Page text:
Also, could I get a plug for year 2 of the BoD Fantasy Baseball League? I've sent out e-mails to most of last year's participants (mainly the ones who were active all season) but have room for at least 2 more. I can go into more detail in the comment thread for those interested, but was hoping you could get the word out with a post.

As for overnight babyface turns, Sting's initial turn in 87 was pretty sudden and stuck for 30 years.  Randy Savage in 87 was also a case of "One day he started fighting One Man Gang on Hogan's behalf".  ​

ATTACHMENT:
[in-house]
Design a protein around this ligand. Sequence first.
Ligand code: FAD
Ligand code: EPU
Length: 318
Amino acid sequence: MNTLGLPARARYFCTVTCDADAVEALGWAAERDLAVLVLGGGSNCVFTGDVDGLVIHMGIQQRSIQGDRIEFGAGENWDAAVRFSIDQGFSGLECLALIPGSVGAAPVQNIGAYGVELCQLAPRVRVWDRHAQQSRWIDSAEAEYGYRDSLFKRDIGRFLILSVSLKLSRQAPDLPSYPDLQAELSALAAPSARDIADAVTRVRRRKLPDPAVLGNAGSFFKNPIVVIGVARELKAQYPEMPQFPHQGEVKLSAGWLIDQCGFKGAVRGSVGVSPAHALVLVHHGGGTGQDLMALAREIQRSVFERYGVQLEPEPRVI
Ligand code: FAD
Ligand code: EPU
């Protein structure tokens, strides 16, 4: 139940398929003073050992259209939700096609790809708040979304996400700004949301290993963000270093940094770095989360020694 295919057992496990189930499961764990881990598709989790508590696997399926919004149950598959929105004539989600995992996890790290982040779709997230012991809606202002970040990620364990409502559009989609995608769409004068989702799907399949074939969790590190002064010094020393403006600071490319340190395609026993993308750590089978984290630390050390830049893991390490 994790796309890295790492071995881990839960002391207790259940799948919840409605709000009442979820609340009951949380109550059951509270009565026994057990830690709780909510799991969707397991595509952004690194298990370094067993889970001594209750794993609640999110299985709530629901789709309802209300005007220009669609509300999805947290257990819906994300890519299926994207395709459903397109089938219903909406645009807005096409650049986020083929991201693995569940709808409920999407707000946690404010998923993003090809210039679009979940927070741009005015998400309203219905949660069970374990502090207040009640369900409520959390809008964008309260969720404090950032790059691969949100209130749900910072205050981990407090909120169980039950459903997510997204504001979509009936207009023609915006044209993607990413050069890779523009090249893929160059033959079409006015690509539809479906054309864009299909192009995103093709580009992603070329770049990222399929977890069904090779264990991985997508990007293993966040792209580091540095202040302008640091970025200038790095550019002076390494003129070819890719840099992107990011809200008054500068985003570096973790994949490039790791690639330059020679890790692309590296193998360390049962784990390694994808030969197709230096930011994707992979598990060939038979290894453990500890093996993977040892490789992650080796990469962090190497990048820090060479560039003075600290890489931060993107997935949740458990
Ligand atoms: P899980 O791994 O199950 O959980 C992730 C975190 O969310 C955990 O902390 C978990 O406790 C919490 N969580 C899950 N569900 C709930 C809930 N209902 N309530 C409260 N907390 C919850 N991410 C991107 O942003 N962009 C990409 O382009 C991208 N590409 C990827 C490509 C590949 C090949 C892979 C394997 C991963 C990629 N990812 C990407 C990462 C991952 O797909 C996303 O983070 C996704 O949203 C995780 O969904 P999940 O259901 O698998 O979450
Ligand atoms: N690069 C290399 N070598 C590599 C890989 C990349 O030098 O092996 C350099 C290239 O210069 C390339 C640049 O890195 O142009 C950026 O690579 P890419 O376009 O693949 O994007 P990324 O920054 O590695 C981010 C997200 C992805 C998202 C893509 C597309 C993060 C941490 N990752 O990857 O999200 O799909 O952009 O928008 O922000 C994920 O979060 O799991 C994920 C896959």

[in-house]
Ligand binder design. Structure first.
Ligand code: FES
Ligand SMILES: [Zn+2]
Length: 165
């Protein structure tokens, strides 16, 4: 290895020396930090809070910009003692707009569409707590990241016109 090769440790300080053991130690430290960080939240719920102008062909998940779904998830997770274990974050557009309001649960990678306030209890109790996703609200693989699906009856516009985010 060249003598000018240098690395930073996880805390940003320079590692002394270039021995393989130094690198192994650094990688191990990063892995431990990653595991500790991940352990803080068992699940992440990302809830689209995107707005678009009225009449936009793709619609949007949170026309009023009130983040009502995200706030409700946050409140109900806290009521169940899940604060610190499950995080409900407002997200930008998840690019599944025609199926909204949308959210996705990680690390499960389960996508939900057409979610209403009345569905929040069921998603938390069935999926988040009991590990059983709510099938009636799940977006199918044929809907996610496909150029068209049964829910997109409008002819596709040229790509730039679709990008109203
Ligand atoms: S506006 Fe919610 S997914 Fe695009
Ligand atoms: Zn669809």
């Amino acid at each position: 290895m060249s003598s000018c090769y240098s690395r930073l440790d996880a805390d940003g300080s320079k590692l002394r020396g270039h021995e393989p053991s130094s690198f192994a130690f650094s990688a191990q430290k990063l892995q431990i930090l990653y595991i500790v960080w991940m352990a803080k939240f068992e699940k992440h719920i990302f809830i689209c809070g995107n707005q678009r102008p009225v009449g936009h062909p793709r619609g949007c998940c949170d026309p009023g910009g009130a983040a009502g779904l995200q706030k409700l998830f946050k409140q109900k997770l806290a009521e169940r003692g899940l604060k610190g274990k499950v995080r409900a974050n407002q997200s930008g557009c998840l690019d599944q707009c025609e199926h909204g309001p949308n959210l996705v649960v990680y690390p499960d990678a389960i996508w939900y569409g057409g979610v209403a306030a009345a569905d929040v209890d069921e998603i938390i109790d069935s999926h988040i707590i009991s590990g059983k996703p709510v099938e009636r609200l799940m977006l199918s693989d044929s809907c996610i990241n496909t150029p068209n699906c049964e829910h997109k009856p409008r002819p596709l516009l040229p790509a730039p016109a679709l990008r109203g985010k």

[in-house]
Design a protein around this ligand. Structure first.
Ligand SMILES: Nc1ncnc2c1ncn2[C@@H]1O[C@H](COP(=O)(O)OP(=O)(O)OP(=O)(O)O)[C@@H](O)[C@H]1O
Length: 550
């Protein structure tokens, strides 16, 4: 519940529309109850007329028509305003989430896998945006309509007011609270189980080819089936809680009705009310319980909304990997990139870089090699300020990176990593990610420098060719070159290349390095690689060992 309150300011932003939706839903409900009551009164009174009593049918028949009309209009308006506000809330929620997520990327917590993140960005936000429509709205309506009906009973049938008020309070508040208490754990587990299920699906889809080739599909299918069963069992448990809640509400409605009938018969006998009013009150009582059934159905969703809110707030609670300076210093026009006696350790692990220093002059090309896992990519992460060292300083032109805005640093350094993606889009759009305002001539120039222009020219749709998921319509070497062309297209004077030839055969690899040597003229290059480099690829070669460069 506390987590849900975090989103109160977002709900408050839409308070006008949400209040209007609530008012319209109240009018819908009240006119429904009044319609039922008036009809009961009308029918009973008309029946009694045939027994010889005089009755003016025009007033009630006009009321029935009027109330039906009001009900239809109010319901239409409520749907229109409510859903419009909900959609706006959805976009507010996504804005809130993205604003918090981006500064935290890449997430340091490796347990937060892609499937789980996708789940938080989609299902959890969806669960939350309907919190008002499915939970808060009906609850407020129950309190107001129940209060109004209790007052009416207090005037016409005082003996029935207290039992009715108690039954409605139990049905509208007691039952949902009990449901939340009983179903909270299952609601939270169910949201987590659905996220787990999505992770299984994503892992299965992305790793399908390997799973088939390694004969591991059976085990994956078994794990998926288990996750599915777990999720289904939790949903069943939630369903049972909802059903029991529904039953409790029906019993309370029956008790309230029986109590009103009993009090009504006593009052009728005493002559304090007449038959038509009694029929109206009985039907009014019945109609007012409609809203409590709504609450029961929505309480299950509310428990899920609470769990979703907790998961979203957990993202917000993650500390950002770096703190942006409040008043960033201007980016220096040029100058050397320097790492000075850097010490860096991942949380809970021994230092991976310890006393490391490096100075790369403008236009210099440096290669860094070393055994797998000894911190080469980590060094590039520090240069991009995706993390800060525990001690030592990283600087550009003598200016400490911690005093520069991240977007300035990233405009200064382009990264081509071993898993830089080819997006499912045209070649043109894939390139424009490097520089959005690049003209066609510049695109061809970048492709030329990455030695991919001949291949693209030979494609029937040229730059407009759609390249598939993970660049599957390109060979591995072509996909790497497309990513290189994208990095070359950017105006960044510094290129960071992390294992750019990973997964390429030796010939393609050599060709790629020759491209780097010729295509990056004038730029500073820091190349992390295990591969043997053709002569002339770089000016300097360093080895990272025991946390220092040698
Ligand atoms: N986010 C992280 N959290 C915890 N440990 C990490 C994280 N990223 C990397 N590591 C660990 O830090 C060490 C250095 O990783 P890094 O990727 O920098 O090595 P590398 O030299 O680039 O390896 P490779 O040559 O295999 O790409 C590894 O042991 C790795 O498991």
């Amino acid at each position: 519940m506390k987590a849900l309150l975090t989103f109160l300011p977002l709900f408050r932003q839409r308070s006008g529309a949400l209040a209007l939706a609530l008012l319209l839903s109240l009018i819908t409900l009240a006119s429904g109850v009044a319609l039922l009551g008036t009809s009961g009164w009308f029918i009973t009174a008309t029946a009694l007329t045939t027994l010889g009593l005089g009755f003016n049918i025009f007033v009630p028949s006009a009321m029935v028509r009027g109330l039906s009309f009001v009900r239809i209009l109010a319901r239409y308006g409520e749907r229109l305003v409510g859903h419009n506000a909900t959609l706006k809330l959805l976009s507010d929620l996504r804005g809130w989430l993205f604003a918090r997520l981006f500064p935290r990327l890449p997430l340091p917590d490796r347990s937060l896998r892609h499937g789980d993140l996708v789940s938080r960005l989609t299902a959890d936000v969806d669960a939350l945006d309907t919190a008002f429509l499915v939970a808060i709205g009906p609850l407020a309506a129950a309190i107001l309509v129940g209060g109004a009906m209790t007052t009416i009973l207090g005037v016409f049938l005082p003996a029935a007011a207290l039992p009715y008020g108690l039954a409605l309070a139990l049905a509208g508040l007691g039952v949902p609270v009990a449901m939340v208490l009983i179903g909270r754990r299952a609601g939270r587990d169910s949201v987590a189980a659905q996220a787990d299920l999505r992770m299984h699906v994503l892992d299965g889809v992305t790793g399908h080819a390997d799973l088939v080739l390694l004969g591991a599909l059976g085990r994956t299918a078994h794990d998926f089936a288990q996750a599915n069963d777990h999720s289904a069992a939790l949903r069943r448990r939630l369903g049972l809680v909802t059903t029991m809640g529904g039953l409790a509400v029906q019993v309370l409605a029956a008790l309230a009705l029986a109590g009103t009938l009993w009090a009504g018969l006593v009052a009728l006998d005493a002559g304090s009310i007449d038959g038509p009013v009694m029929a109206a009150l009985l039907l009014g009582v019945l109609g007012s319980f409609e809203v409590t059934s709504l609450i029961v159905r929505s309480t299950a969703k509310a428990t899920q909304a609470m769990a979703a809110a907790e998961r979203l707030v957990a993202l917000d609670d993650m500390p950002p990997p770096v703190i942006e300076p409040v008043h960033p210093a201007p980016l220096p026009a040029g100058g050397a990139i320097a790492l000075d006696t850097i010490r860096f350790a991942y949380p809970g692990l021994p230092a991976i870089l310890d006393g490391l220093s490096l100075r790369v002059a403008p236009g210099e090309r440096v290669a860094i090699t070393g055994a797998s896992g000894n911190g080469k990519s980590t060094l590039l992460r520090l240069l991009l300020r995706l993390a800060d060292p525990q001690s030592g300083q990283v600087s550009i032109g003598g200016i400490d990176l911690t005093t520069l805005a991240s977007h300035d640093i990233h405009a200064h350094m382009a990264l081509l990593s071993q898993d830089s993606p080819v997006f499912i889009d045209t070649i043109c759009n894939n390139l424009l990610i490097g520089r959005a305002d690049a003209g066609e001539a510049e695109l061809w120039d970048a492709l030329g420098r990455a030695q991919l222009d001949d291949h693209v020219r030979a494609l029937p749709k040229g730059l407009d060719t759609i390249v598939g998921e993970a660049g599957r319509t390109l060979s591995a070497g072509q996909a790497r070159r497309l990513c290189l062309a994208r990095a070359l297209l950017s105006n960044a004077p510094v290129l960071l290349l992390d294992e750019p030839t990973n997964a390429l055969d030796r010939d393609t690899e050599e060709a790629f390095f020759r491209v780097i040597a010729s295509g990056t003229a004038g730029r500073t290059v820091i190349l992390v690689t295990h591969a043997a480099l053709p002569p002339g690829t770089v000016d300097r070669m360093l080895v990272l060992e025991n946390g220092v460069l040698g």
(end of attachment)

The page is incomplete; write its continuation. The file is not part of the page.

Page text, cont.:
Big Show Face/Heel turns


After some discussion about it on Sunday in the Survivor Series live thread, here is (what I believe to be) the complete list of Big Show face/heel turns. Sadly, done mostly from memory. 

– Joe